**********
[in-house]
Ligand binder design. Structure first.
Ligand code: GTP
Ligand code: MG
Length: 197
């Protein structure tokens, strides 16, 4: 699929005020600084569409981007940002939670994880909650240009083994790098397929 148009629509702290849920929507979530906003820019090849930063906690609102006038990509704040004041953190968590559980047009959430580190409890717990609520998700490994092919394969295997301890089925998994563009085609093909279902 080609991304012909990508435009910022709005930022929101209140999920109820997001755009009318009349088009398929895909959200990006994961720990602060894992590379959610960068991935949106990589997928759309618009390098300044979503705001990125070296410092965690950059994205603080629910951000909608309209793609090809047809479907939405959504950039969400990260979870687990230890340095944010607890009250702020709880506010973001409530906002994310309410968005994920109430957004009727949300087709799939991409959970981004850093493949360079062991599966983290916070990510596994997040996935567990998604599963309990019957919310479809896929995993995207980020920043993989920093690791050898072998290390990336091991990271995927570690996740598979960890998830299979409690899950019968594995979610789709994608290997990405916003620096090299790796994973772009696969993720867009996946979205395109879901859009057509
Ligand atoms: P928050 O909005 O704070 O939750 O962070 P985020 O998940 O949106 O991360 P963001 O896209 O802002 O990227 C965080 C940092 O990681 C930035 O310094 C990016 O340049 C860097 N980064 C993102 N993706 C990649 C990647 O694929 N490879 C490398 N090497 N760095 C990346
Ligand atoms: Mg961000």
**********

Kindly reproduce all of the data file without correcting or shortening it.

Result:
[in-house]
Ligand binder design. Structure first.
Ligand code: GTP
Ligand code: MG
Length: 197
């Protein structure tokens, strides 16, 4: 699929005020600084569409981007940002939670994880909650240009083994790098397929 148009629509702290849920929507979530906003820019090849930063906690609102006038990509704040004041953190968590559980047009959430580190409890717990609520998700490994092919394969295997301890089925998994563009085609093909279902 080609991304012909990508435009910022709005930022929101209140999920109820997001755009009318009349088009398929895909959200990006994961720990602060894992590379959610960068991935949106990589997928759309618009390098300044979503705001990125070296410092965690950059994205603080629910951000909608309209793609090809047809479907939405959504950039969400990260979870687990230890340095944010607890009250702020709880506010973001409530906002994310309410968005994920109430957004009727949300087709799939991409959970981004850093493949360079062991599966983290916070990510596994997040996935567990998604599963309990019957919310479809896929995993995207980020920043993989920093690791050898072998290390990336091991990271995927570690996740598979960890998830299979409690899950019968594995979610789709994608290997990405916003620096090299790796994973772009696969993720867009996946979205395109879901859009057509
Ligand atoms: P928050 O909005 O704070 O939750 O962070 P985020 O998940 O949106 O991360 P963001 O896209 O802002 O990227 C965080 C940092 O990681 C930035 O310094 C990016 O340049 C860097 N980064 C993102 N993706 C990649 C990647 O694929 N490879 C490398 N090497 N760095 C990346
Ligand atoms: Mg961000």